Tell It Like It Is

For the week of August 3, 2019 / 2 Av 5779

Smiling bearded man with one hand on heart and the other raised.

Mattot & Masei
Torah: B’midbar/Numbers 30:2 – 36:13 (English 30:1 – 36:13)
Haftarah: Jeremiah 2:4-28, 3:4

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If a man vows a vow to the LORD, or swears an oath to bind himself by a pledge, he shall not break his word. He shall do according to all that proceeds out of his mouth. (B’midbar/Numbers 30:3 [English 30:2]).

I recently completed the book, “Irresistible” by Andy Stanley, who, in spite of his claiming to give a unique (at least since the third century) call unto a radical New Covenant faith, has fallen into the age-old trap of pitting faith in Yeshua against the Hebrew Scriptures. Even though he asserts several times that he values the older writings, he goes out of his way to cut any meaningful connections to anything revealed within an Old Covenant context. That Scripture should be read through a New Covenant lens is one thing, an essential thing in fact. But disengaging Messianic faith from its Scriptural foundation severs our God-given truth anchor, sending well-intentioned Yeshua followers into the oblivion of confusion.

Disassociating New Covenant from Old Covenant Scripture is nothing new and was already prevalent long before Stanley’s prophetic cry. It seems to me that a great number of believers through history have treated the Hebrew Scriptures as backstory, a book of promises over and done with. As a result there is so much good from God that is missed, such as what is conveyed in this week’s parsha (Torah reading portion).

I suspect many Christians get antsy around this section of Torah. Doesn’t Yeshua in what is called the Sermon on the Mount adamantly forbid vows when he says the following:

Again you have heard that it was said to those of old, “You shall not swear falsely, but shall perform to the Lord what you have sworn.” But I say to you, Do not take an oath at all, either by heaven, for it is the throne of God, or by the earth, for it is his footstool, or by Jerusalem, for it is the city of the great King. And do not take an oath by your head, for you cannot make one hair white or black. Let what you say be simply “Yes” or “No”; anything more than this comes from evil (Matthew 5:33-37).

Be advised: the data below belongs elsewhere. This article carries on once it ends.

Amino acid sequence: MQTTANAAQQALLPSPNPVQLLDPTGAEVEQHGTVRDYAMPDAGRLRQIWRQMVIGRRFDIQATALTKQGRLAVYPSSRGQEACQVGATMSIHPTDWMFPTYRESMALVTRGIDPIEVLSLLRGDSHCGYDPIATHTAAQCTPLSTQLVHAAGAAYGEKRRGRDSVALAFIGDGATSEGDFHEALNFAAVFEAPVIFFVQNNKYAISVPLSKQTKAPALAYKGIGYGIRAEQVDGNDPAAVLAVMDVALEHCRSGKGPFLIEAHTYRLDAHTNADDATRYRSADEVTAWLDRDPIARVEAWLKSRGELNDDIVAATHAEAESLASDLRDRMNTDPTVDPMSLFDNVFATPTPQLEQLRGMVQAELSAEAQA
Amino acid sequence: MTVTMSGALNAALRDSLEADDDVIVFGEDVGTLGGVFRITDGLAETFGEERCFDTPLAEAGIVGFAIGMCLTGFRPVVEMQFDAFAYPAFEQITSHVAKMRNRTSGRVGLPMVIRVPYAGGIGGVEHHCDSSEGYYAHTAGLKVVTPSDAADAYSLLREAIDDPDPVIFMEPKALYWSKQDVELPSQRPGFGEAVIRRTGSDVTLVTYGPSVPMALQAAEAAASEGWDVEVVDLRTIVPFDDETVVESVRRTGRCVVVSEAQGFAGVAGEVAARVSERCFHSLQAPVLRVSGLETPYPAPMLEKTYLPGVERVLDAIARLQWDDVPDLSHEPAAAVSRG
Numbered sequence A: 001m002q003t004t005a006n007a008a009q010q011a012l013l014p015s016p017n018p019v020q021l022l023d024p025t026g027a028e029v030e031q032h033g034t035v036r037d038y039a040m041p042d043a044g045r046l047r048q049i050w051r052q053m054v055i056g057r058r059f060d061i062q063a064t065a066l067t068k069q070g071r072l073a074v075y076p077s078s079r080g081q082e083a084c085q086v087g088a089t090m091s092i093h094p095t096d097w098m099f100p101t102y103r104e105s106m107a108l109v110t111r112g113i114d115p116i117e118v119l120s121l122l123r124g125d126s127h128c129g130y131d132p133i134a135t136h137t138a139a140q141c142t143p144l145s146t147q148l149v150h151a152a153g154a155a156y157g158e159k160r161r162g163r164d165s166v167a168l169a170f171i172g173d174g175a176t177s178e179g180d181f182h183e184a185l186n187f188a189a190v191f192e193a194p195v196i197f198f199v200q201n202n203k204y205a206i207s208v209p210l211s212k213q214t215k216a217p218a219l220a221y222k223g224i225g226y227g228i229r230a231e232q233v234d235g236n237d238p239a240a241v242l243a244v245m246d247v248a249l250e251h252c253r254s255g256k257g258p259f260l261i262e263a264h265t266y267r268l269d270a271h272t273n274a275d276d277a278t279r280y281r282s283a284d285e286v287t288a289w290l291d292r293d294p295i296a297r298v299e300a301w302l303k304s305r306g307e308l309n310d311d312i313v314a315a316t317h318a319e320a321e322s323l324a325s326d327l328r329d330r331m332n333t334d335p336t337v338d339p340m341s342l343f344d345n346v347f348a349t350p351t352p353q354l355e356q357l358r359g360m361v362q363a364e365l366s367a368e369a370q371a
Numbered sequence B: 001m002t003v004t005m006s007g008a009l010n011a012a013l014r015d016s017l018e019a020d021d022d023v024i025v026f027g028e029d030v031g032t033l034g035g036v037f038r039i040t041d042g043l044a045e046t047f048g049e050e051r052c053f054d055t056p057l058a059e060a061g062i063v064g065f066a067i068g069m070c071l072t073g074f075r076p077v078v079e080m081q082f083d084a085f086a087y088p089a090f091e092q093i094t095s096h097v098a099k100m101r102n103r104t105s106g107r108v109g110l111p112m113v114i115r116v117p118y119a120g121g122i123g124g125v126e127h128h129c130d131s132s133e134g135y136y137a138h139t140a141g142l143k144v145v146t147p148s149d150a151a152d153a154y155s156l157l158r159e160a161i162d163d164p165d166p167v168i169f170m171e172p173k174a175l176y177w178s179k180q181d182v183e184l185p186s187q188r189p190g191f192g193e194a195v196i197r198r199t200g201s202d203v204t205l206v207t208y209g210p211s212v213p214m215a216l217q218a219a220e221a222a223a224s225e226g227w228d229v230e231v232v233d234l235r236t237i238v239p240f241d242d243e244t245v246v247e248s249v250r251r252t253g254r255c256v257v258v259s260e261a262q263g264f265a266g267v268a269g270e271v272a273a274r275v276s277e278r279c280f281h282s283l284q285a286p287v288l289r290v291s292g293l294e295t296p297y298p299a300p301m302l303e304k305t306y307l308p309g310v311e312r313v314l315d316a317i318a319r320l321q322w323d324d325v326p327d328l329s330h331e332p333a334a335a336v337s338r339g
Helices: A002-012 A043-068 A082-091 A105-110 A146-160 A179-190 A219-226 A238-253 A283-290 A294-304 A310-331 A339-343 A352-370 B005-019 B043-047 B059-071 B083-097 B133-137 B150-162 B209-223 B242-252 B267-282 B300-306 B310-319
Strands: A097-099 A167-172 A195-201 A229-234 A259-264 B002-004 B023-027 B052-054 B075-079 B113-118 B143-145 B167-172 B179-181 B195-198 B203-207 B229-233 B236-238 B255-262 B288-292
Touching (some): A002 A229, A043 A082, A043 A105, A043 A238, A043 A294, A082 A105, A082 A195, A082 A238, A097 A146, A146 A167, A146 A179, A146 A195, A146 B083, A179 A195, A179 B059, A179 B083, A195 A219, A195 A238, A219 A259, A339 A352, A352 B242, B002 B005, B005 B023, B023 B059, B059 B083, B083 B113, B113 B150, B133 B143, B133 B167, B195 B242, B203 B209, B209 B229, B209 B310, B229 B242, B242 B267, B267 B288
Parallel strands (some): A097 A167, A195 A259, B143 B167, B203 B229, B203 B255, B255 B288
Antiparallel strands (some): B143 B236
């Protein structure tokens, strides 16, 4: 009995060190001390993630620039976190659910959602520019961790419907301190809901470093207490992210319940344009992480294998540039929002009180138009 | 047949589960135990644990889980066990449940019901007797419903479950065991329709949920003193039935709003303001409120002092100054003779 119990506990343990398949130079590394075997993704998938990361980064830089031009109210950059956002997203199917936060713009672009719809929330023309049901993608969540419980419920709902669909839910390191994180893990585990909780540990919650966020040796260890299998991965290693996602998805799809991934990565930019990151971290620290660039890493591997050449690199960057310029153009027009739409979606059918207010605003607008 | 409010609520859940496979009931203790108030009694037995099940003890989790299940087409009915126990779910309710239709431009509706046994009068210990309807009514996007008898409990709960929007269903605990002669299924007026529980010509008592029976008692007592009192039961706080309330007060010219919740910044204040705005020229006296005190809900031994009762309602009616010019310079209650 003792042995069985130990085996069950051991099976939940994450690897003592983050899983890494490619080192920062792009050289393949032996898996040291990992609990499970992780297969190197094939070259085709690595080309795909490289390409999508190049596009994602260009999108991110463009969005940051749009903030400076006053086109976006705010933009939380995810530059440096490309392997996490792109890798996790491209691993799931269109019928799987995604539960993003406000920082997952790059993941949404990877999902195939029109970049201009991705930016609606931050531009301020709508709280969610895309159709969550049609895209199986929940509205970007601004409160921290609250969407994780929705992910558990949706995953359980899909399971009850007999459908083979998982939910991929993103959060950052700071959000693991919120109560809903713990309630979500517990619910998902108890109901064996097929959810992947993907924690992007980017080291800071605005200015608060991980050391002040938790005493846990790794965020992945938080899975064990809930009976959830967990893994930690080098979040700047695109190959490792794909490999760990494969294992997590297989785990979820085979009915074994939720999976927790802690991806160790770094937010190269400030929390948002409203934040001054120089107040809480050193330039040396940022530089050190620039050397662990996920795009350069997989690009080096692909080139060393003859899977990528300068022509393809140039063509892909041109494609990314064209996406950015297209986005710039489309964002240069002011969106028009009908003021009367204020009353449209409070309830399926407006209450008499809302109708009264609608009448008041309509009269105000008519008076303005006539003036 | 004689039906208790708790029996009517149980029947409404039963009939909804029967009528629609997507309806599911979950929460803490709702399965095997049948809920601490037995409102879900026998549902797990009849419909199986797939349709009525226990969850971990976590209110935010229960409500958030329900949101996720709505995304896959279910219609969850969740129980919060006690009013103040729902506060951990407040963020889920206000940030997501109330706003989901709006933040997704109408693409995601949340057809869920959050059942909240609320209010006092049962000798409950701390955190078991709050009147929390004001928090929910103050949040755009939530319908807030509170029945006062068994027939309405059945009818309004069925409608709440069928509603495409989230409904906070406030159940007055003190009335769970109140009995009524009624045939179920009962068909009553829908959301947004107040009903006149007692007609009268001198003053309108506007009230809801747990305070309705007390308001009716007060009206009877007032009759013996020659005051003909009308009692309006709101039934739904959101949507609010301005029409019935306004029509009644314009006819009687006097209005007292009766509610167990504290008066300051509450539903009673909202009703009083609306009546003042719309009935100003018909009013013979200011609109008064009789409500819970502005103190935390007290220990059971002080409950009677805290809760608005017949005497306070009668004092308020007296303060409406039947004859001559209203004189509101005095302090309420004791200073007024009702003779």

There is a tendency to treat this and other similar statements as if Yeshua is speaking against the Torah, but nothing could be further from the truth. He is providing God’s perspective, God’s interpretation of Torah. Through time the religious leadership skewed Torah’s intended meaning, which Yeshua effectively corrects here. To be fair, this particular section on oaths does sound as if he is forbidding God’s earlier words through Moses quoted at the beginning. But it’s the complicated, full-of-loop-holes, legalistic, likely dishonest system of oaths that had become popular by that time, that he is confronting, not valid solemn promises or vows.

Now that we got that out of the way, I want to go deeper into the soil of Torah’s warning about vow keeping. My explanation to this point was necessary because we needed to clarify the ongoing legitimacy of vows here. The roots of this warning are what drives Yeshua’s take on this when he says, “Let what you say be simply ‘Yes’ or ‘No’; anything more than this comes from evil.” It’s found in the statement at the end of our Torah verse: “He shall do according to all that proceeds out of his mouth.” The warning regarding vow keeping is rooted in the importance of doing what we say we will do.

Words are more than sounds. They are audible representations of reality or at least they should be. When human beings speak words, we are engaging the same technique God used to create the world. Following through on what we say we will do builds up the world and those in it. To do otherwise undermines our relationships and the broader societal fabric around us.

Scriptures taken from the English Standard Version


One thought on “Tell It Like It Is

  1. Well said Alan. I agree wholeheartedly.

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